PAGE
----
Saturday, August 04, 2007

Brutalized in Boston

Walt Lockley reinforces his passionate analysis of the Boston City Hall building's brutal consequences for public life with a set of appropriately harsh black and white photographs.


Danny said...

So tell me, when the brutal architecture movement surfaced in the 1960s, what were they thinking? How could they possibly have thought this form would add to urban life?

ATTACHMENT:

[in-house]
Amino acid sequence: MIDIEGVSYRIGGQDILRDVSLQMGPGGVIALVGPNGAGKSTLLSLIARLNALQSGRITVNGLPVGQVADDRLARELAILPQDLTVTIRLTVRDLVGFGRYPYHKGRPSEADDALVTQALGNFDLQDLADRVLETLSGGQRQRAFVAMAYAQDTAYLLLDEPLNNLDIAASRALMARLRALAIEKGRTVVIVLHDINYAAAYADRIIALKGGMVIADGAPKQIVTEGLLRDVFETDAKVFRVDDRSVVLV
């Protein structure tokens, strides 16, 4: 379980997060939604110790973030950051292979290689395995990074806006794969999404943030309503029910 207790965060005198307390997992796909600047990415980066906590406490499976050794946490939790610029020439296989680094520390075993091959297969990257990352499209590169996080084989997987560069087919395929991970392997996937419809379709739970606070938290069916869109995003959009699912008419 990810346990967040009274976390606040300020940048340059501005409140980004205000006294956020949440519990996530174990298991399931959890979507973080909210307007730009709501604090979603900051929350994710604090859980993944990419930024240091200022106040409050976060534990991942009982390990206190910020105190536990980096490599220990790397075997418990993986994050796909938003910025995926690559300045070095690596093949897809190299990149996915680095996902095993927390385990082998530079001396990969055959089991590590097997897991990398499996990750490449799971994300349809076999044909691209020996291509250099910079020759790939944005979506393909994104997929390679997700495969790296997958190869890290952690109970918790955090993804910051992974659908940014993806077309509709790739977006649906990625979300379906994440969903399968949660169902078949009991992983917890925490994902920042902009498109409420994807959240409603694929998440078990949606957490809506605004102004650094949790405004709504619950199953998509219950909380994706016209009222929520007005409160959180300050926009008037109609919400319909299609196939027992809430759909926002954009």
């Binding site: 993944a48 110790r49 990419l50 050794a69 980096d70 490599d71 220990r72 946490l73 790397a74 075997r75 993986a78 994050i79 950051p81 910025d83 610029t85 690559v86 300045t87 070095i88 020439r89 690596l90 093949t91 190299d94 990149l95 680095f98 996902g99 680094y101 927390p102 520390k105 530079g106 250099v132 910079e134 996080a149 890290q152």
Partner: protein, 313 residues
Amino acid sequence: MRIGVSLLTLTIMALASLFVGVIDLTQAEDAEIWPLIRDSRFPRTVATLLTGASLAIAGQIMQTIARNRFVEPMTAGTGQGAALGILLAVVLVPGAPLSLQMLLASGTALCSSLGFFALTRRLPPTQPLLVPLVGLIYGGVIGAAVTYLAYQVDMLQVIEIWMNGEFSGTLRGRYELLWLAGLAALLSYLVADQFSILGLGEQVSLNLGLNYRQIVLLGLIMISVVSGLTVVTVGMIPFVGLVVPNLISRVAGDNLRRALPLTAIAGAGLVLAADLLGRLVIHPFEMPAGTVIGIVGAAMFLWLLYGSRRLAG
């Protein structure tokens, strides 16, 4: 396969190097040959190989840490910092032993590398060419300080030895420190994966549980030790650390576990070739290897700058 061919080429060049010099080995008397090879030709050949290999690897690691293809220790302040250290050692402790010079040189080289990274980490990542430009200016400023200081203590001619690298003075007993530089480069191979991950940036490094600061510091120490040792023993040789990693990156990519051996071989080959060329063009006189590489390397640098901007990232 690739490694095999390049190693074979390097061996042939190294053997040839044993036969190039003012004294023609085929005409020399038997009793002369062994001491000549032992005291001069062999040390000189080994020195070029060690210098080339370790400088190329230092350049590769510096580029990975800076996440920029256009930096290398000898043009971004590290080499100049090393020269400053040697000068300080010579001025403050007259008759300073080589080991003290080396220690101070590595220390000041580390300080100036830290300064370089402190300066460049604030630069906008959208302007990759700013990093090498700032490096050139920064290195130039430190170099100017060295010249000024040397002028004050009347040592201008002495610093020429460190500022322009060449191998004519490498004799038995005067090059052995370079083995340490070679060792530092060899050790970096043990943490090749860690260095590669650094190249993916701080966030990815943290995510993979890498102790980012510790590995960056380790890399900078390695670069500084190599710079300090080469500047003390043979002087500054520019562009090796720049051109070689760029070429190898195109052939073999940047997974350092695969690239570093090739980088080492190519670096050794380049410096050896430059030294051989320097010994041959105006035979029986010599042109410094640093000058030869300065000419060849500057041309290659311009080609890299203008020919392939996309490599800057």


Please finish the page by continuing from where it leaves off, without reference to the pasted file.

John Monberg said...

In the same way that architect Adolf Loos condemned the ornate Beaux Arts style of 1900 Vienna as a dishonest facade that hid the world's madness, Brutalism was a utopian project toward honesty, simple materials and a forceful rejection of the dead cultural past.

But in a familiar dynamic, the absolute rejection of one kind of theoretical modernism created another kind of urban form that is every bit as ugly and lifeless as what was rejected.